A Long Cold Wait
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Growing up, my family spent a lot of Christmases in the Upper Peninsula of Michigan. It’s an amazing time to be there if you like the snow and all the outdoor activities that come along with several feet of it. My family and I have made a lot of great memories over the years. One of the only downsides of being in the north woods in the winter is that the days are really short. The sun sets early, and it is pitch black by 4 pm every day.
One particular Christmas, my brother, our buddy Tom, and I found ourselves with a serious case of cabin fever. We did what any three guys aged 18, 17, and 16 do when they catch cabin fever. We went for a drive. Our cabin was in the middle of nowhere, so a drive anywhere was going to take a minimum of 45 minutes. We decided to head to St. Ignace and get something to eat at the casino buffet. We had found our way there the previous summer, but that’s a story for another time. We jumped in the car, and 45 minutes later, as we pulled into the parking lot of the restaurant, we discovered they had closed for the season. More than a little disappointed, we decided to make our way “downtown” to the only other restaurant that was open, Pizza Hut. Upon walking in, we were glad to find they were open. We were not so glad to find out they didn’t believe in turning on the heat. We quickly realized that we needed to keep on all of our winter gear.
Most people weren’t desperate enough to come into Pizza Hut that day; there was only one other couple there, plus a group of intimidating guys in a corner booth. After a good 20 minutes of shivering in our booth, the waitress took our order. We got our pitcher of disappointingly flat and warm Pepsi soon after. As we sat in our coats, hats, and gloves and sipped our flat soda, we were bummed. Our pizza finally came, and it was barely warm. On top of that, my brother had been nursing a sinus infection. Here we were, freezing in a dirty Pizza Hut, trying to kill our boredom with cold pizza and flat soda. It wasn’t working.
That’s when it happened. I don’t remember exactly how it happened. One of us said something, and that’s all it took. We started to laugh. Everything was funny. The flat soda, the cold restaurant, trying to eat pizza with gloves, everything. What else could we do but laugh? But our laughter was brought to an abrupt stop. The group from the corner was suddenly standing at the end of our table. This wasn’t just some random group of guys.
The first one that spoke had a cut-off football jersey, and the other two had letter jackets on. They were all at least a head taller and apparently had nothing to do all winter but work out. They were intimidating, to say the least. As they towered over our table, our laughter turned to awkward stares at each other, and then the first guy spoke, “You guys have a problem?!?!” More awkward stares, none of us daring to make eye contact. “I said, do you have a problem?!?!” (Well, actually, that’s not all he said. He used some other choice words as well.) We were all thoroughly confused. We had never spoken to these guys or even mentioned them or the other couple. What was going on? The tension was thick, and all I heard was my brother reply, “n-n-no.” One of the “tough guys” made some comment about fixing our problem, which I don’t think was actually meant to be helpful. They then turned towards the door and said, “We will be waiting for you outside!”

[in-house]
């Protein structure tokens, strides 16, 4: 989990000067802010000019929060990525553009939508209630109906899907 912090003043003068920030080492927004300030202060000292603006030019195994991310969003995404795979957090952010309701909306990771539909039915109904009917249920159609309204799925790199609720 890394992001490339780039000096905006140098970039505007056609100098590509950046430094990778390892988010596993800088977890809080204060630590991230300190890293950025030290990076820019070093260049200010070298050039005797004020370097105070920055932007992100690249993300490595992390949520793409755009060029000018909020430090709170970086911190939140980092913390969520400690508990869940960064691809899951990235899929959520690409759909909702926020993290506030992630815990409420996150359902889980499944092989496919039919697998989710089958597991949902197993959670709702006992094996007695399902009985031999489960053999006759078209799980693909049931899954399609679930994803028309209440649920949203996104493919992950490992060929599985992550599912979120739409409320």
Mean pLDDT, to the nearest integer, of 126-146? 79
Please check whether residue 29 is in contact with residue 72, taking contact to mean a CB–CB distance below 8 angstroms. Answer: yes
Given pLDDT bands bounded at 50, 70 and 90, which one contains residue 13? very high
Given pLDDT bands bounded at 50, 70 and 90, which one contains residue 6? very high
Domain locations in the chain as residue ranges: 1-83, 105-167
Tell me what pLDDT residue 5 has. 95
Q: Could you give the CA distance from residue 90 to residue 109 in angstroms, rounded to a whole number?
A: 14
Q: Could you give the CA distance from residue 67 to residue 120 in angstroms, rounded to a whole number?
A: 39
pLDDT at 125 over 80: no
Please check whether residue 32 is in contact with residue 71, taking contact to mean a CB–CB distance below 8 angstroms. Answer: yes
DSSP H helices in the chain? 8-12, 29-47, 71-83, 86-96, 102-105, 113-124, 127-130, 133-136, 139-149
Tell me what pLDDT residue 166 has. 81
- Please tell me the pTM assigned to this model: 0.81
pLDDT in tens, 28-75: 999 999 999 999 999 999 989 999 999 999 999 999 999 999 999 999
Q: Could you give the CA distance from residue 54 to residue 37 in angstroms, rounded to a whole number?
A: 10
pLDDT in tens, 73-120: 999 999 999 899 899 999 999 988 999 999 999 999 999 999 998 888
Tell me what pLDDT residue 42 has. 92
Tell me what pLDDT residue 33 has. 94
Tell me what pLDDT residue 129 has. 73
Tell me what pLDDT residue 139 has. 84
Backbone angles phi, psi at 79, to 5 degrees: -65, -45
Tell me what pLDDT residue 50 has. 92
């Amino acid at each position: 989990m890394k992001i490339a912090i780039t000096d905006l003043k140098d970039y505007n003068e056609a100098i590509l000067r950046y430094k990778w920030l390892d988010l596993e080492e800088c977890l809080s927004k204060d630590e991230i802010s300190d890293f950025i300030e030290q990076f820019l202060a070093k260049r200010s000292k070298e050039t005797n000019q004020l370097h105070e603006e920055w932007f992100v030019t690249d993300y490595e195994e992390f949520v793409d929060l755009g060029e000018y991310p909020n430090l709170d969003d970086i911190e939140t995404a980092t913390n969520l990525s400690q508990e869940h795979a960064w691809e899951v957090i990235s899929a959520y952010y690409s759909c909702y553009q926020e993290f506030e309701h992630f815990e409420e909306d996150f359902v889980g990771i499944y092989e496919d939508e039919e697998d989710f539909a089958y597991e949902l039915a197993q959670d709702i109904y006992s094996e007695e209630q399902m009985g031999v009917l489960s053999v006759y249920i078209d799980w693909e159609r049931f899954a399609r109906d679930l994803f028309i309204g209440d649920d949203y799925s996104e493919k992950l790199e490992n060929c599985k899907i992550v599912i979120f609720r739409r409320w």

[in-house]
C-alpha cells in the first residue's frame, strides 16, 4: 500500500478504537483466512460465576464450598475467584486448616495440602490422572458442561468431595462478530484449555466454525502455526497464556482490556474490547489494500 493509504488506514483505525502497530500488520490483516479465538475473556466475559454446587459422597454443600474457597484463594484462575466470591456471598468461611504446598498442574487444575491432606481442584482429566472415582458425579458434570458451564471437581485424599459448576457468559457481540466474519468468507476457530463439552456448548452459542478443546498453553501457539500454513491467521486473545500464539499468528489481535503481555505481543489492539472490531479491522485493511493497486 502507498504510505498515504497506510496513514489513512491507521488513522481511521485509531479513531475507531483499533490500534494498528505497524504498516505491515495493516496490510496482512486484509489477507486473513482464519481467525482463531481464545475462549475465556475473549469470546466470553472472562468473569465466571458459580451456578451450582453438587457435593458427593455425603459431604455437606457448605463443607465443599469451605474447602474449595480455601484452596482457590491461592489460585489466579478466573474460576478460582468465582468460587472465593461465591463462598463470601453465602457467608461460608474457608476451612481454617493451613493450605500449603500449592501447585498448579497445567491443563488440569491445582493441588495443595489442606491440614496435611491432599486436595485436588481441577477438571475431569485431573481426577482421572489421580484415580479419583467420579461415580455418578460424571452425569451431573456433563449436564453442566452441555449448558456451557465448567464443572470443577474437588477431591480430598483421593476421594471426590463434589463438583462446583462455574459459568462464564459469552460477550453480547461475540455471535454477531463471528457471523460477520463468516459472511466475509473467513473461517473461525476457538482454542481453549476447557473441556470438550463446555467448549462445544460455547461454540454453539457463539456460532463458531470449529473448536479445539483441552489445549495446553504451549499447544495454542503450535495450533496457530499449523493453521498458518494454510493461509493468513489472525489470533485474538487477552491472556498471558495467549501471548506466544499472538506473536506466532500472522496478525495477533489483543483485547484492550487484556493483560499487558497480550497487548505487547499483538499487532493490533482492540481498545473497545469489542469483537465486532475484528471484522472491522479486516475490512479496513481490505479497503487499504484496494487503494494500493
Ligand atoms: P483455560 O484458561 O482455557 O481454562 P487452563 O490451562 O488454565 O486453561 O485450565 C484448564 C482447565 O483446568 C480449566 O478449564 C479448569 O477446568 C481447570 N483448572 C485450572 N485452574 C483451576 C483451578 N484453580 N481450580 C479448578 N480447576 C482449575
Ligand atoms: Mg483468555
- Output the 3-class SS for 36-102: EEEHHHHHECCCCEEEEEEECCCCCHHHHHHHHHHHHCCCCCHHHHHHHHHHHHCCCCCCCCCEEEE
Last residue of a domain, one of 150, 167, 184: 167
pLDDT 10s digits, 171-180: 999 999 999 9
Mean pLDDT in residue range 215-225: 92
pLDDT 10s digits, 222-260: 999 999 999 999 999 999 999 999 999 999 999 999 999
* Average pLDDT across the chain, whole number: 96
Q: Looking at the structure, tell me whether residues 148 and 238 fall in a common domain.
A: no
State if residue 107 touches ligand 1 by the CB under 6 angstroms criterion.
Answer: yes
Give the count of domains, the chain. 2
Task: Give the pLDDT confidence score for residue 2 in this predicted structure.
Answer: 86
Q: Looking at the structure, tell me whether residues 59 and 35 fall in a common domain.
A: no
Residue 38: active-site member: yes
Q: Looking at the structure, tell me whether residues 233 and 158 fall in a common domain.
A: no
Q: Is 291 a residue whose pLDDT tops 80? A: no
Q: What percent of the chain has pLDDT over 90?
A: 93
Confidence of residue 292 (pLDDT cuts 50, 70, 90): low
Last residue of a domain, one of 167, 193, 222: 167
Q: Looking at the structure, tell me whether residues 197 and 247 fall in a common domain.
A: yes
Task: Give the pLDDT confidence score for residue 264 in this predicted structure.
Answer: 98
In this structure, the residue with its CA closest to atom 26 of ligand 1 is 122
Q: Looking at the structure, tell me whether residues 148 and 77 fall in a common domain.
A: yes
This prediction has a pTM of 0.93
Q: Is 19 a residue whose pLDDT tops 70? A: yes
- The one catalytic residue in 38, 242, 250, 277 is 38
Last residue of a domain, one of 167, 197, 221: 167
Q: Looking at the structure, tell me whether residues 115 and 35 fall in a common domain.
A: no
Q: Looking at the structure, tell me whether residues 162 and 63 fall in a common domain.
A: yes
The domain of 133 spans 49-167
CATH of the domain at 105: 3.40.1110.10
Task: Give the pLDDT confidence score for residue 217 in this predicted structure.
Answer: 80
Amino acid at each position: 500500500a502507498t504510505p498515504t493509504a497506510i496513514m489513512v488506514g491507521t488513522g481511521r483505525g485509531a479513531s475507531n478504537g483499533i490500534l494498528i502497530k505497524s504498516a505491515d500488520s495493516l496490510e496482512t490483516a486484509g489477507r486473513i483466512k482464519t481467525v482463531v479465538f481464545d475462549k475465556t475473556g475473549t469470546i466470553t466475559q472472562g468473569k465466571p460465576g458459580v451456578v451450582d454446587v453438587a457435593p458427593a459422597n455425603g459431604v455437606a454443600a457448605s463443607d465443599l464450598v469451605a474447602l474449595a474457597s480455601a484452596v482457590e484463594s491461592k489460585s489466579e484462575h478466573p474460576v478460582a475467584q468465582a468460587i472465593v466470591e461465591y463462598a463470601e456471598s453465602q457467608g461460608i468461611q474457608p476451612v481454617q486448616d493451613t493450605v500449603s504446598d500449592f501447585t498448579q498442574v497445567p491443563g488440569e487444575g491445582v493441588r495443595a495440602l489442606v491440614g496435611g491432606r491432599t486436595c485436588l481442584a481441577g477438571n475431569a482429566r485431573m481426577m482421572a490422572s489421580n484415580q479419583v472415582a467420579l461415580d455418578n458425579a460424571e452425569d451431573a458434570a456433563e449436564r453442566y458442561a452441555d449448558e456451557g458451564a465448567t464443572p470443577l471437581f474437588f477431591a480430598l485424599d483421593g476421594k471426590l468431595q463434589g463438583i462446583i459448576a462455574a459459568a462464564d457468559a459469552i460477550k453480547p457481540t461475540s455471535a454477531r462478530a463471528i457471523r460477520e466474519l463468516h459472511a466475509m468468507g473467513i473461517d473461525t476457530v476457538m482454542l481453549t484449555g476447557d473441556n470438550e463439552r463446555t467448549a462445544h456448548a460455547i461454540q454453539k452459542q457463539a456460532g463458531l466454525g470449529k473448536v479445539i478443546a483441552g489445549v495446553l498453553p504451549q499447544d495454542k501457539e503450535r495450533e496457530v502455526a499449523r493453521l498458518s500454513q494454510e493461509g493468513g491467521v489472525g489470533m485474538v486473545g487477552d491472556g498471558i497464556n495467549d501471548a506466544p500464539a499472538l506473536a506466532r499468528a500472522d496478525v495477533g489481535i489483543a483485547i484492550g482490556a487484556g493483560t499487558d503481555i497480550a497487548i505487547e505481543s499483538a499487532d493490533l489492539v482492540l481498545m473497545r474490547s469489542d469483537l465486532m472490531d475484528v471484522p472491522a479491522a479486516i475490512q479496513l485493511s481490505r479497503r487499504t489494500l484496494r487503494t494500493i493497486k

Tom, my brother, and I just stared at the table, afraid to move or think. And just as they opened the door, Tom blurted out, “It’s going to be a long, cold wait for both of us.”
The door closed, and the tension erupted from within us into waves of laughter. The other couple and the waitress assured us that we hadn’t done anything to instigate the interaction, and we all just shook our heads in bewilderment. A few hours later, we walked out of Pizza Hut and were met only by the cold. Over the years, we have retold this story countless times, and it still makes me laugh and shake my head in confusion.
Life is disappointing. If you haven’t figured this out yet, get ready because it’s just a matter of time.
How do we respond to those disappointments? Do we get bitter and resentful? Even angry or hateful? Even worse: do we blame others and challenge them to fight? Well, maybe not literally…but do we push others with our words? When plans get canceled, or we find ourselves with cold pizza, what is our response?
How we respond to life’s disappointments is a great indication of the condition of our hearts. Life will bring struggles. They will look different for each of us, but they will be difficult. A lot more difficult than some flat soda and cold pizza. Or even some punks threatening to meet you outside. As seasons come and go, there will be mountaintops and seemingly endless valleys. In all these difficulties, we need to put our trust and hope in God.
Preparing for these disappointments, especially as leaders, is pivotal. We don’t want to react in moments of stress. We want to be spiritually prepared. Preparing spiritually looks like consistent time in Scripture, personal times of worship, regular prayer and repentance, and time with the body of Christ. It means that your life is in perpetual surrender to the Lord and what He is doing in your spirit. This isn’t a checklist of do’s and don’ts. This is a state of being. As leaders of people and followers of Jesus, we need to be aware of the state of our spirit at all times. So we are prepared for the next valley.
Share your thoughts with others in our YM360 community:
- When you encounter moments of pressure and stress, do you find yourself merely reacting to the moment, or are you spiritually prepared to handle it well? What is hindering or helping you?
- How can you best minister to your students so that they respond well to life’s disappointments too?
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